updated 12:30 am EST, Fri January 16, 2004
Final Scratch DJ/Panther
A MacNN reader reports a problem developing between Native Instruments, maker of FinalScratch DJ, and Mac OS X "Panther" users
" is a software/hardware combination built by Stanton Magnetics with software from Native Instruments that allows traditional vinyl record DJ turntablists to play digital audio files (MP3, WAV, AIFF, and audio CDs) from a computer. The traditional turntables hook into the "ScratchAmp" you get in the package. The ScratchAmp routes this audio to a Mac or PC via USB. Special records (included in the package) with a digital timecode recorded in analog are played on the turntables. This audio is fed to the computer, at which point Native Instruments's software interprets it and plays the audio back to the ScratchAmp, which routes to the DJ mixer.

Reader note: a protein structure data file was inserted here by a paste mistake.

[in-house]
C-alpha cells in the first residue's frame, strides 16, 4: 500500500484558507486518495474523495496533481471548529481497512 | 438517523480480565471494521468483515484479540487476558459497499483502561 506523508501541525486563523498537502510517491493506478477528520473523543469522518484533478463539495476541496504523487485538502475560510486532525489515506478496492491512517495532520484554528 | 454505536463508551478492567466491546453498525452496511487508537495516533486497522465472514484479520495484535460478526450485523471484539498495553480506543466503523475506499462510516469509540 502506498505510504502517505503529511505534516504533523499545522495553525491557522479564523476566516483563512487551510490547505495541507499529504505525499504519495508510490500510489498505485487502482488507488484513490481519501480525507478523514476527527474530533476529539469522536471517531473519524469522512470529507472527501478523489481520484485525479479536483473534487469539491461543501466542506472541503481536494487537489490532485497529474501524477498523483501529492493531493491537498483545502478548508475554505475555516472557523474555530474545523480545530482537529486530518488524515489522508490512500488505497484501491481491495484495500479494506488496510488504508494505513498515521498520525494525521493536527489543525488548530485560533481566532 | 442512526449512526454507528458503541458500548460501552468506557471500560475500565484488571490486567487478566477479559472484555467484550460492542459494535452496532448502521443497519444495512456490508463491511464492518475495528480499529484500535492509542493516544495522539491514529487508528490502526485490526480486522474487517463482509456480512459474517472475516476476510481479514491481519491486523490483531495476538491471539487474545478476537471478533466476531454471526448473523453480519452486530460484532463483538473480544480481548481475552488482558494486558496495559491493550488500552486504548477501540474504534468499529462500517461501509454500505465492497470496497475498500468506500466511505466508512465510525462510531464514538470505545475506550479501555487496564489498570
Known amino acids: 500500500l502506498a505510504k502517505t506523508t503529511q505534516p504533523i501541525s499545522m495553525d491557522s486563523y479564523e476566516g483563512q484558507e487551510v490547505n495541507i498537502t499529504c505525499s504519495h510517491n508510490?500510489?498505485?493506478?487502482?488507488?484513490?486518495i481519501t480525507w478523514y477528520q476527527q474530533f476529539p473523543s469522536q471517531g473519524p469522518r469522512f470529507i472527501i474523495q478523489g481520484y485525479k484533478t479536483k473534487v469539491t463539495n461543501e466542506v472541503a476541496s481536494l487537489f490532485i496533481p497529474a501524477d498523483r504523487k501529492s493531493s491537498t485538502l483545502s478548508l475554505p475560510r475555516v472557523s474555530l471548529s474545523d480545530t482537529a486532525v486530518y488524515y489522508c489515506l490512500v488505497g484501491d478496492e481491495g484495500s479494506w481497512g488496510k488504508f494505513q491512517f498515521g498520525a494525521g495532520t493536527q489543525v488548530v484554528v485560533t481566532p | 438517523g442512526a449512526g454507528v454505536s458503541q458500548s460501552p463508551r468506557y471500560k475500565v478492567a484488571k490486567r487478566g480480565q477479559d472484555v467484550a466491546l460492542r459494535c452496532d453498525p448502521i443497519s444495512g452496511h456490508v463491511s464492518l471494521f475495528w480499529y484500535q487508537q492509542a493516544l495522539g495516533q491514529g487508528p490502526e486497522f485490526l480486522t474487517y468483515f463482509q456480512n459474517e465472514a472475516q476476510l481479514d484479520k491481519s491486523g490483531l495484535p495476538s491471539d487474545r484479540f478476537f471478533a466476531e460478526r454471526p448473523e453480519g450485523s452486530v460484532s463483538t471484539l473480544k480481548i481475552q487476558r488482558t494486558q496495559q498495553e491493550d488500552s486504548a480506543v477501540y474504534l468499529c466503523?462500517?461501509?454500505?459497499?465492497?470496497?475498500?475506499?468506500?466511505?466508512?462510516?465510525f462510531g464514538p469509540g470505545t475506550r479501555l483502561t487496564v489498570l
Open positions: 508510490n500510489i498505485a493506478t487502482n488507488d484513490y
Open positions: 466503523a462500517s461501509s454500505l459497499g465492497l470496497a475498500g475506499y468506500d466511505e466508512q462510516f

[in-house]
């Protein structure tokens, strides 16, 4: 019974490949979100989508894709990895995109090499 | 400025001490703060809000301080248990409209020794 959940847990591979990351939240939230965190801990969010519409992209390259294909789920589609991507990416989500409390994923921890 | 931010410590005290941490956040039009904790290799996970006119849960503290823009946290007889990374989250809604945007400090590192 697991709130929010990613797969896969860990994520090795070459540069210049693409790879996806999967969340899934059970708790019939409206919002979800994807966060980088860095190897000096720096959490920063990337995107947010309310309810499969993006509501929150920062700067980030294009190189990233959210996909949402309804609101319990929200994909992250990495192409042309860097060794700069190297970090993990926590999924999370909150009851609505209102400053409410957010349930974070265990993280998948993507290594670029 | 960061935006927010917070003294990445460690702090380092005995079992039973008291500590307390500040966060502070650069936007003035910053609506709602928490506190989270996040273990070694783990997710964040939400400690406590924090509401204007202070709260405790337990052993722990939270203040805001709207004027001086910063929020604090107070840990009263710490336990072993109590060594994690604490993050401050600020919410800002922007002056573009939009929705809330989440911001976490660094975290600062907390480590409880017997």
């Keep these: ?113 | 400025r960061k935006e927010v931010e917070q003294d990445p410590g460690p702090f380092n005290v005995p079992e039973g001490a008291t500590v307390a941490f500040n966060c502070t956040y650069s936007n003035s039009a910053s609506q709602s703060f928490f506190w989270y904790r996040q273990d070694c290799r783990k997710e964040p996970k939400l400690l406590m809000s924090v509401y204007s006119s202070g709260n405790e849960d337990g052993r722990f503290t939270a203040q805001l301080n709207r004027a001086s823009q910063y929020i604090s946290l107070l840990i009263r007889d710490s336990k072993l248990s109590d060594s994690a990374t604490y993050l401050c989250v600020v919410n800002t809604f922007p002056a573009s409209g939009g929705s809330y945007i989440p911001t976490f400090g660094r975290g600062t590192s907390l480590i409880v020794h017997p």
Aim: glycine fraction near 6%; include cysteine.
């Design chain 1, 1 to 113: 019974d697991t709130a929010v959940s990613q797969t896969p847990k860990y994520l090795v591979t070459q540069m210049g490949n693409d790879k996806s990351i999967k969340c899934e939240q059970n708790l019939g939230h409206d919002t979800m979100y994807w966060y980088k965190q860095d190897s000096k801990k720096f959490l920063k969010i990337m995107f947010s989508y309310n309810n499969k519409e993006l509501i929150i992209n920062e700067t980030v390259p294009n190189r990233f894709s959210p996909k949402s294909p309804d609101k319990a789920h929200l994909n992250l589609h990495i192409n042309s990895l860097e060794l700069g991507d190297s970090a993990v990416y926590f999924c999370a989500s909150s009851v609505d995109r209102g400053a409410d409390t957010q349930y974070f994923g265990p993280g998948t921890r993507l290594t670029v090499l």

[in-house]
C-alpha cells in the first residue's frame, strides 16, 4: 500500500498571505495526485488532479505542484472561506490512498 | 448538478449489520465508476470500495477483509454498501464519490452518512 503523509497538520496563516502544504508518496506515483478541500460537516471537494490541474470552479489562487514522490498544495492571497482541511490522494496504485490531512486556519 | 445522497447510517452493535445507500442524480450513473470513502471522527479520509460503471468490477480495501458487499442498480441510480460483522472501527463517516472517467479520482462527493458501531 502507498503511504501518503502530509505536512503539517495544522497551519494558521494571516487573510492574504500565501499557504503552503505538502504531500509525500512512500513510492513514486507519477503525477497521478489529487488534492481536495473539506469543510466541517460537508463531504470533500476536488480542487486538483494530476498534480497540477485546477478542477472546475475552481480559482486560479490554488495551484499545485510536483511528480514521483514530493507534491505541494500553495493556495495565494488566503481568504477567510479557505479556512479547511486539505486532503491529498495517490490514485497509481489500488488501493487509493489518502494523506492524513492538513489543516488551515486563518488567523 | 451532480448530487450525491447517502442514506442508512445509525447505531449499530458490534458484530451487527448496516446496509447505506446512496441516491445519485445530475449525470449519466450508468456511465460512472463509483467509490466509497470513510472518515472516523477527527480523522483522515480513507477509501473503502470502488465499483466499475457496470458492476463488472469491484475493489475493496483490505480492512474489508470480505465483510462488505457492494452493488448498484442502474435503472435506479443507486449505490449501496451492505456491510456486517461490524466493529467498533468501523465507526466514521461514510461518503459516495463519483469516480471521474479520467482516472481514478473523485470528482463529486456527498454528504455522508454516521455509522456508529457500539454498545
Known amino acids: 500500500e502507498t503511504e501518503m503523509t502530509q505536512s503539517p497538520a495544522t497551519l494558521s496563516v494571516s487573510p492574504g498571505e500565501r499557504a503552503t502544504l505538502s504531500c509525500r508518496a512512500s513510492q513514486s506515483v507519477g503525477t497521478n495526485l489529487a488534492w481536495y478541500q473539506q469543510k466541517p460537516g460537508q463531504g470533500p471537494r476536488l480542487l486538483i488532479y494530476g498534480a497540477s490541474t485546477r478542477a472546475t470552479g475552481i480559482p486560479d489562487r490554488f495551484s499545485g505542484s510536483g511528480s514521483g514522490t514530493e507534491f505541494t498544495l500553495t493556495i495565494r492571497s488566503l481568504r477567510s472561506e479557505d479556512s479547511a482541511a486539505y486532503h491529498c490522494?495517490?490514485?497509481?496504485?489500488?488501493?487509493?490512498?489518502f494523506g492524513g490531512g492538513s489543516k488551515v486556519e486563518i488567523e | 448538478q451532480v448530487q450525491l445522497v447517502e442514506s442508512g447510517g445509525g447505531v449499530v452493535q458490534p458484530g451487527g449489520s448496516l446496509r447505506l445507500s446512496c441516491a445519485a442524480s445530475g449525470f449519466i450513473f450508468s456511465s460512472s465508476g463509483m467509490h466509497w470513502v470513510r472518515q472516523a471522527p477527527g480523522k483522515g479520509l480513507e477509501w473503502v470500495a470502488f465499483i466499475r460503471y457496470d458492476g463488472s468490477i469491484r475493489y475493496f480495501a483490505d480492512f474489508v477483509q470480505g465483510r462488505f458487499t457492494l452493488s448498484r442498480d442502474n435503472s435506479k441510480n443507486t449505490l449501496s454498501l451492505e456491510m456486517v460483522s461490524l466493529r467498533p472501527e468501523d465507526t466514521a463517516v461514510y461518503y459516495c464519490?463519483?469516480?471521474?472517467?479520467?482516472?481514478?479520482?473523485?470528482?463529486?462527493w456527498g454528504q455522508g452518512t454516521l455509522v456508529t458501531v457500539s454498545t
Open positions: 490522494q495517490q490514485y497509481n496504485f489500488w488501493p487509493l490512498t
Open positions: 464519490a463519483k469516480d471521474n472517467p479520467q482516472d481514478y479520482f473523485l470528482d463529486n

The problem is that, as of right now, Final Scratch was rendered effectively unusable with the release of MacOS X Panther. Native Instruments is mum on the issue, providing canned responses to most users who send in for tech support. I received a personalized response (I specifically asked for a non-canned response) which states that Apple is releasing new OS's too quickly and NI can't keep up. We feel this is a farce, as this software has had compatibility issues since Jaguar 10.2.4. The problem was worsened with Panther.
The effective problem right now is that many users - both veterans of Final Scratch who have upgraded to Panther and new users, like myself - are stuck with a highly expensive system (many people buy dedicated laptops for the purpose, plus the FinalScratch Package, which retails for $499 at Guitar Center) that is unusable. Specific symptoms: the audio has clicks and pops (similar to what Audio Soft Studio users experience when using a latency too low for the system), the software randomly fails to keep up with the audio and pitch shifts (drastic changes in speed) occur, thereby rendering mixing useless."